Jerry’s primitive instinct completely packed in at that point. It had crashed and was now verging on the metaphorical blue screen of death; physical dumping would commence very shortly. He stood there, a frightened and cornered mouse, and could do nothing but watch pathetically as they came towards him.

Suddenly he felt something grab his ankle – he looked down and saw the daughter’s hand grappling on to to him – he panicked and kicked her off. But there was nothing he could do. The father was now coming up the stairs and the mother waiting patiently for her prey below. This was it. This was the e –

“Leave him alone!” a bodiless female voice shouted from nowhere.

The family stopped abruptly, obeying this person’s words robotically. Behind them and from the darkest corner of the basement, a girl emerged. She stood there oozing with command; her hips, her curves her thighs all enveloped with leadership. Jerry was awestruck.

“Get down here,” she spoke but the family did not move. “I said get down here.”

Jerry was launched out of his speechlessness, “ Who me?”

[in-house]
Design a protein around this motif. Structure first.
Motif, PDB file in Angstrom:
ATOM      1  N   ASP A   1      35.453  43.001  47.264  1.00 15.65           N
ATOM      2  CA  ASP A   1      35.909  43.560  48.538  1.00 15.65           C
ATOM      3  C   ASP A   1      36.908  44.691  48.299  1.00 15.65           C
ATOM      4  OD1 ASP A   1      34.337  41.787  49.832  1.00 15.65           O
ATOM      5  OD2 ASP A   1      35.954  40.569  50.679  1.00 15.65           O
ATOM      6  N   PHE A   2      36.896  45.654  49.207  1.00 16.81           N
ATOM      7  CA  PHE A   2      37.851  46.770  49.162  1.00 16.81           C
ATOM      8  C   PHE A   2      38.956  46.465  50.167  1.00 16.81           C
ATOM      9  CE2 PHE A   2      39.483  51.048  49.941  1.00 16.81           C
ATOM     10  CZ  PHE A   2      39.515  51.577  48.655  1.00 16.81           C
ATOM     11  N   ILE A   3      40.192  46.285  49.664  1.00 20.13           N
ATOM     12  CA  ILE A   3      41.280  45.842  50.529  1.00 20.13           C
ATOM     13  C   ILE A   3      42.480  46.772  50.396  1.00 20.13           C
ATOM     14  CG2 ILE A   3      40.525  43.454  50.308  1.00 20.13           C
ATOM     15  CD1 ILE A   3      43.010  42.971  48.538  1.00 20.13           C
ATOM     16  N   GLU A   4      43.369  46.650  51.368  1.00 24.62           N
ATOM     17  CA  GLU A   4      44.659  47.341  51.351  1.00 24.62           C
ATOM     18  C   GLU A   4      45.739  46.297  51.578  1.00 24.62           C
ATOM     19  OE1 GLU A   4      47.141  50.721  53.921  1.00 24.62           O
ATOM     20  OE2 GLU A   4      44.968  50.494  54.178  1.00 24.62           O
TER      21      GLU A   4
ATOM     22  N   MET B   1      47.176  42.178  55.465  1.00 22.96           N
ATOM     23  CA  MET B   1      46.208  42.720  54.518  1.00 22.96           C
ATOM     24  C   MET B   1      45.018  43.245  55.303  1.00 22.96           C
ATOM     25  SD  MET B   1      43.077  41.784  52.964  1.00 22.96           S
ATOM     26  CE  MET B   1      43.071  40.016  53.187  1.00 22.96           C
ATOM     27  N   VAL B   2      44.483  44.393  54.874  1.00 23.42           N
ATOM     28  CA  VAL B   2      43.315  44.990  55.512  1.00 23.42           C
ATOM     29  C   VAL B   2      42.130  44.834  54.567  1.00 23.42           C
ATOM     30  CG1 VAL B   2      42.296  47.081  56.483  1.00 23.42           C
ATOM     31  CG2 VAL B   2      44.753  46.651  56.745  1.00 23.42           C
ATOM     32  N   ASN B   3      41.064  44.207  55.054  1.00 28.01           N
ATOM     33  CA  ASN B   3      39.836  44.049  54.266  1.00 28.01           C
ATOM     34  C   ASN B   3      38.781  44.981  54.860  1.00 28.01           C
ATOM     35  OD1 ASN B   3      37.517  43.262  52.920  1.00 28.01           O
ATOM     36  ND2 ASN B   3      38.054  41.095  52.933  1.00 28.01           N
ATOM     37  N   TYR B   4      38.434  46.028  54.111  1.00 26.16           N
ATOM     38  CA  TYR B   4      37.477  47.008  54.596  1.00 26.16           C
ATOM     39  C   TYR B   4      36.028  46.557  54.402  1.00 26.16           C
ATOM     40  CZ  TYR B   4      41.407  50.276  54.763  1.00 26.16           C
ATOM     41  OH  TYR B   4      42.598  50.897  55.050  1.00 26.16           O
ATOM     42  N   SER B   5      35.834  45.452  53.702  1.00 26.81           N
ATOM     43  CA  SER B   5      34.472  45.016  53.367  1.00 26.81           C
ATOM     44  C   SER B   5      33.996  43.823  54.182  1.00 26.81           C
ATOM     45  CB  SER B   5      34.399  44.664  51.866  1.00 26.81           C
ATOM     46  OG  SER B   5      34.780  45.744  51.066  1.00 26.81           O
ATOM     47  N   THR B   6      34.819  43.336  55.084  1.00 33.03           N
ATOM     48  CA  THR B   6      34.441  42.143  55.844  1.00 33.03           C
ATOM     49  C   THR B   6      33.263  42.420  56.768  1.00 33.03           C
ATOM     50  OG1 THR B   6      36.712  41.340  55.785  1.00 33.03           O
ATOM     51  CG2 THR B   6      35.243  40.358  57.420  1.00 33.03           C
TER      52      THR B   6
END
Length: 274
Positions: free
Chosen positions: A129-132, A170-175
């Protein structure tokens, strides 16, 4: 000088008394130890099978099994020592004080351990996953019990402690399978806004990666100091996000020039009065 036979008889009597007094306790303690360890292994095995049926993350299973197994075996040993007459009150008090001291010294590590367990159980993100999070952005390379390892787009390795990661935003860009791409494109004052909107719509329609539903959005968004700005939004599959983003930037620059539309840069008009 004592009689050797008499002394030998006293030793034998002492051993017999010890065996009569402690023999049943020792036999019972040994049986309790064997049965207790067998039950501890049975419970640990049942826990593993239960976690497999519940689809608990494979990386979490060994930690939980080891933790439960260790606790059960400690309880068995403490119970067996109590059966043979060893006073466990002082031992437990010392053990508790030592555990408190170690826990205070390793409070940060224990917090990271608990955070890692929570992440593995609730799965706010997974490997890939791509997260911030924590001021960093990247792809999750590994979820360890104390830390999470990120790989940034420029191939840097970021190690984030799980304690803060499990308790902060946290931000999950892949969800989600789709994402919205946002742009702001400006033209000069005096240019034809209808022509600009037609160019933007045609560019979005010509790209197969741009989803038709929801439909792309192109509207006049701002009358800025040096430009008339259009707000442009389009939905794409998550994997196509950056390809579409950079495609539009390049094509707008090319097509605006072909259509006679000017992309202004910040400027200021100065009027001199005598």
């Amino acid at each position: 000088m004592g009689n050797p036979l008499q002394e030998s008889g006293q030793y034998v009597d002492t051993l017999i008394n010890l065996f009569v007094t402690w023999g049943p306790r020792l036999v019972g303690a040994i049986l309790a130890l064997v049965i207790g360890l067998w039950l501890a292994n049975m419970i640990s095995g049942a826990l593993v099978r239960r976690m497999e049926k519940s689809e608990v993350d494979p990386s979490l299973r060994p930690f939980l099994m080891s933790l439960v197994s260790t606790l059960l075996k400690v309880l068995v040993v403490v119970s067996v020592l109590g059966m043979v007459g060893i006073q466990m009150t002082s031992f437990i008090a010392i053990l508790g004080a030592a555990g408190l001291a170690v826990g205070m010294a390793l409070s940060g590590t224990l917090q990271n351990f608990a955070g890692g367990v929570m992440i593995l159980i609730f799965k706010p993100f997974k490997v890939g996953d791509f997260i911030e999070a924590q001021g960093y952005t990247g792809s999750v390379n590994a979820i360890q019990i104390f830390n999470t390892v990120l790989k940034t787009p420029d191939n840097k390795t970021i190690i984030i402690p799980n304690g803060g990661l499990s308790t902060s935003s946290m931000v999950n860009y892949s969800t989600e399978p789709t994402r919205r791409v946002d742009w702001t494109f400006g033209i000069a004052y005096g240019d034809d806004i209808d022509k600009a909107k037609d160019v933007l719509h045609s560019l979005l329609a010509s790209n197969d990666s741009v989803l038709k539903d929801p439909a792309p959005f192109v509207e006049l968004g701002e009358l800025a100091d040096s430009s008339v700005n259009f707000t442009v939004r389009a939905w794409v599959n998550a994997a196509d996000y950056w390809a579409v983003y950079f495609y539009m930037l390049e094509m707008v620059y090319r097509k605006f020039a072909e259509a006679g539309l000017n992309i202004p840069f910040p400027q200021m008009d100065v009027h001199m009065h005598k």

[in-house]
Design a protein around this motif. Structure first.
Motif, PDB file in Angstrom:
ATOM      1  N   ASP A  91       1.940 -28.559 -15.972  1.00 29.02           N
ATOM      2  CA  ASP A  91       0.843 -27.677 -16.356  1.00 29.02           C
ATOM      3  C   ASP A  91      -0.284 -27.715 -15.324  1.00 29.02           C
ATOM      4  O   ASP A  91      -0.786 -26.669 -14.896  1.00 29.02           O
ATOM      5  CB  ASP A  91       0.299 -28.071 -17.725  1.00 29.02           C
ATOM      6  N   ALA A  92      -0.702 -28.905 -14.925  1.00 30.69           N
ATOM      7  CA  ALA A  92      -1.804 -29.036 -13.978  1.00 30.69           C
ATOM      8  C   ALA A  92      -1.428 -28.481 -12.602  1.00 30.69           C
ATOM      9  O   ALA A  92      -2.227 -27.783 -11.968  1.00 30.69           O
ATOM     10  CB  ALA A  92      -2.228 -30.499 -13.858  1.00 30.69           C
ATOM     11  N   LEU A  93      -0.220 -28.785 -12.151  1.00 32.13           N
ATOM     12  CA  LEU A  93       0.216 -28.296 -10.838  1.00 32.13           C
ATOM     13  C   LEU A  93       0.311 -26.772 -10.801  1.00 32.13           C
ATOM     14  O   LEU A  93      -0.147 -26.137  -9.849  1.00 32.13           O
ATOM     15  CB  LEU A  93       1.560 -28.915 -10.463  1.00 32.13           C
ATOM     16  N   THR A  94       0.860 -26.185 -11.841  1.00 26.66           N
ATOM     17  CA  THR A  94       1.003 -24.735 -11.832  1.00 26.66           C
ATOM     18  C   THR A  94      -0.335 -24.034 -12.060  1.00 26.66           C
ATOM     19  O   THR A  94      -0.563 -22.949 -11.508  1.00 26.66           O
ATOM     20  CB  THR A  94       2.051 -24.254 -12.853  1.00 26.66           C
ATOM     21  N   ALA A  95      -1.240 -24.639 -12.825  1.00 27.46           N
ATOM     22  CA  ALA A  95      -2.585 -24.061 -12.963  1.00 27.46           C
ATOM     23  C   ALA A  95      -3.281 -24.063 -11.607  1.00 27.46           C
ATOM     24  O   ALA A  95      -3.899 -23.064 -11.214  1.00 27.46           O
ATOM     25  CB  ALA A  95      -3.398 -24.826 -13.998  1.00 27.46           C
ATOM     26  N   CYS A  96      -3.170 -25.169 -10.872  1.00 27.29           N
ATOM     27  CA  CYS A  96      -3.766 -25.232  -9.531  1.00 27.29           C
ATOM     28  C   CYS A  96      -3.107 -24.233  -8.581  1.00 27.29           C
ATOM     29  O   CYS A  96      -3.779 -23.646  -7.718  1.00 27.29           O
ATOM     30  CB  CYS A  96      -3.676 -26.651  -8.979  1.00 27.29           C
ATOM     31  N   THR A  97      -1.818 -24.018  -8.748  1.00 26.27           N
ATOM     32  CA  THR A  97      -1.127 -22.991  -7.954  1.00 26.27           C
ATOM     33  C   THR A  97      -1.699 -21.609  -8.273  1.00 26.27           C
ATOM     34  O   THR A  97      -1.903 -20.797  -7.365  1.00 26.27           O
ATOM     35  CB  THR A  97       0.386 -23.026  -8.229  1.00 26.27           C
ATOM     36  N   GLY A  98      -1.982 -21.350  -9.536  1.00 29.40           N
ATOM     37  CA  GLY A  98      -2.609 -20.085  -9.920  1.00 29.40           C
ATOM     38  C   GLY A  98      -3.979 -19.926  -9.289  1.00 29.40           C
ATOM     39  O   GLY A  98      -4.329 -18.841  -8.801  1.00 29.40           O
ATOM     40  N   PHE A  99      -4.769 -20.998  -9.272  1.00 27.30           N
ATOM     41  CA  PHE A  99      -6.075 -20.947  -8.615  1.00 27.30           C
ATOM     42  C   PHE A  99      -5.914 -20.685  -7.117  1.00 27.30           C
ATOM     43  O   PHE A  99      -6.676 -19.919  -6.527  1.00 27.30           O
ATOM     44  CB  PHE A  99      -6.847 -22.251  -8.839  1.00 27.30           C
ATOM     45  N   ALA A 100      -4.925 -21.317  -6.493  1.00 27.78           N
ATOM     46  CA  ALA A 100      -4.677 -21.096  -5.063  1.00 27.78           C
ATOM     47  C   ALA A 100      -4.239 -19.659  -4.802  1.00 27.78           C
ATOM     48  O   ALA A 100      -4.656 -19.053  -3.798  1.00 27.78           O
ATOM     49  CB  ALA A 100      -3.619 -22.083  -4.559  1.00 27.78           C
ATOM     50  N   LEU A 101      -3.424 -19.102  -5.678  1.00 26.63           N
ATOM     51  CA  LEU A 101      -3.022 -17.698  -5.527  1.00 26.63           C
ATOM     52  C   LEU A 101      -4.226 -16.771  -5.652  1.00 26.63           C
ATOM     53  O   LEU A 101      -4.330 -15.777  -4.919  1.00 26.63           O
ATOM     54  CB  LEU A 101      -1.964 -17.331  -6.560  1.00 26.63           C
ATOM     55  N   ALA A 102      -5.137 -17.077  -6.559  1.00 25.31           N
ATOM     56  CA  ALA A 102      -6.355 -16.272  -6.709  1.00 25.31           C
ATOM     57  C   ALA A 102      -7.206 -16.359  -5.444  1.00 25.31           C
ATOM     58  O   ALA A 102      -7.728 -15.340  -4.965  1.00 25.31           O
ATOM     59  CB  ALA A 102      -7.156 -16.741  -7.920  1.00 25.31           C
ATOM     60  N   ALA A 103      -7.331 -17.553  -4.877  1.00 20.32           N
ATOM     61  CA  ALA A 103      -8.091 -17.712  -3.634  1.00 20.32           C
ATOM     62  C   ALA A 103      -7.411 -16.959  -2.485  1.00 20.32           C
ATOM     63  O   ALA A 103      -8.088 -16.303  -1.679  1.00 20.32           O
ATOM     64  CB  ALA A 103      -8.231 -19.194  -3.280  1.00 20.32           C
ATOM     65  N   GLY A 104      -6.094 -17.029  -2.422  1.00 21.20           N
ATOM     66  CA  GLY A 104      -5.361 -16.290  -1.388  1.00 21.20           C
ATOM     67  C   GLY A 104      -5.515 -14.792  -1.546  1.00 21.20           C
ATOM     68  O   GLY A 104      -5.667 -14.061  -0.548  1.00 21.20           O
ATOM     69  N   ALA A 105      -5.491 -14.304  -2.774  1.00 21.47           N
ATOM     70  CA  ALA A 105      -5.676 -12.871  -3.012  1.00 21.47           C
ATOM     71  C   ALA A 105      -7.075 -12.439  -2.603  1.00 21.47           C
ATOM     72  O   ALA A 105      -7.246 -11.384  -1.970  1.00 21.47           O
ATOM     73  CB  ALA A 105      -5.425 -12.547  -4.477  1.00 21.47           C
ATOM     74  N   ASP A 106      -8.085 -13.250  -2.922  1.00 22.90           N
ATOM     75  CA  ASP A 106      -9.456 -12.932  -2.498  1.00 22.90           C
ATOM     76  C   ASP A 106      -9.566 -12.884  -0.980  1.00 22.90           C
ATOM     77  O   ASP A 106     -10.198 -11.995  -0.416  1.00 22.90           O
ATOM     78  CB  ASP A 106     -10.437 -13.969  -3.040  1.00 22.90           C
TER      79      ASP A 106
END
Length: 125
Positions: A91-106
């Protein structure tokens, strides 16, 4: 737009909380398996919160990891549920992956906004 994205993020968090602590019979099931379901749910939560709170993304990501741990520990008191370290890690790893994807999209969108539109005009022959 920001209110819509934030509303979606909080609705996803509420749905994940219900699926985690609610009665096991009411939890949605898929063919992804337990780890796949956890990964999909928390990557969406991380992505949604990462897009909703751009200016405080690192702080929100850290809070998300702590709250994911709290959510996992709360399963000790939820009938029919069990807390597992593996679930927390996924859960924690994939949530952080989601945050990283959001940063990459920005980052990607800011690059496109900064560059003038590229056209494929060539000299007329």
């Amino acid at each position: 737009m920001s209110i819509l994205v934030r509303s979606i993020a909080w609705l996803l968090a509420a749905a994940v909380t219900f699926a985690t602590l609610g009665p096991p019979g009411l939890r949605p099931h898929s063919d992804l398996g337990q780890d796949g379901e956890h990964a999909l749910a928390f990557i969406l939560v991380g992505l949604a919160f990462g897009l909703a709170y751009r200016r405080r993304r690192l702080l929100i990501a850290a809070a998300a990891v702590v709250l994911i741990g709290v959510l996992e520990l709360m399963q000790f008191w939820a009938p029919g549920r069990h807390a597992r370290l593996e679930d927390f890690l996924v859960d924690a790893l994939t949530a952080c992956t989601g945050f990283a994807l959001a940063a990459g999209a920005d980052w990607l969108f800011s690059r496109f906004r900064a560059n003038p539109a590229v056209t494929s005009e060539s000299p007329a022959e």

“Who else?”

Jerry actioned towards the family.

“Nah, they’re alright. They’ll be out of it in a few hours. The juice they give them isn’t that strong. Don’t want to waste it on prisoners, you see.”

The girl walked over to the window at the far side – Jerry swore she was wiggling those hips deliberately.

“Where have you come from?” Jerry asked.

“Over there, in the corner,” she pointed.

“Didn’t… didn’t you think to stop them before?”

She shrugged her shoulders, “Meh. I was asleep.”

“Asleep? I could have been killed!”

“Nah, not these guys. They’ve only been here three days. Not had a high enough dose….”

“A high enough dose…? What are you on about? Who are you?”

“Tomatoes, of course. Haven’t you taken in anything?”

“No! Surprisingly not! I stop off for a coffee in some hillbilly place and I don’t particularly expect to get thrown in a basement because I didn’t want the soup!”

“Come here,” she motioned with her forefinger.

“Why?” he stood his ground.

“Because,” she said.

He walked down the stairs.

“I’m guessing you’ve been here… an hour?”

“About fifteen minutes, actually,” he replied, “I hope the meter’s still running for the car….”

“Hmm. You lasted a long shorter than I gave you credit.”

“Hey!”

She stepped back from the window – a fine sliver of daylight caught her cheek and illuminated her face.

“My name is Tanya and I am your new best friend.”

Jerry was slightly taken a back, “Why?”

“Because I am the one person in this god forsaken hell hole that can save your ass.”

Jerry melted like an ice cream in desert.

“Now what’s your name?”

“Sinclair, Jerry Sinclair….”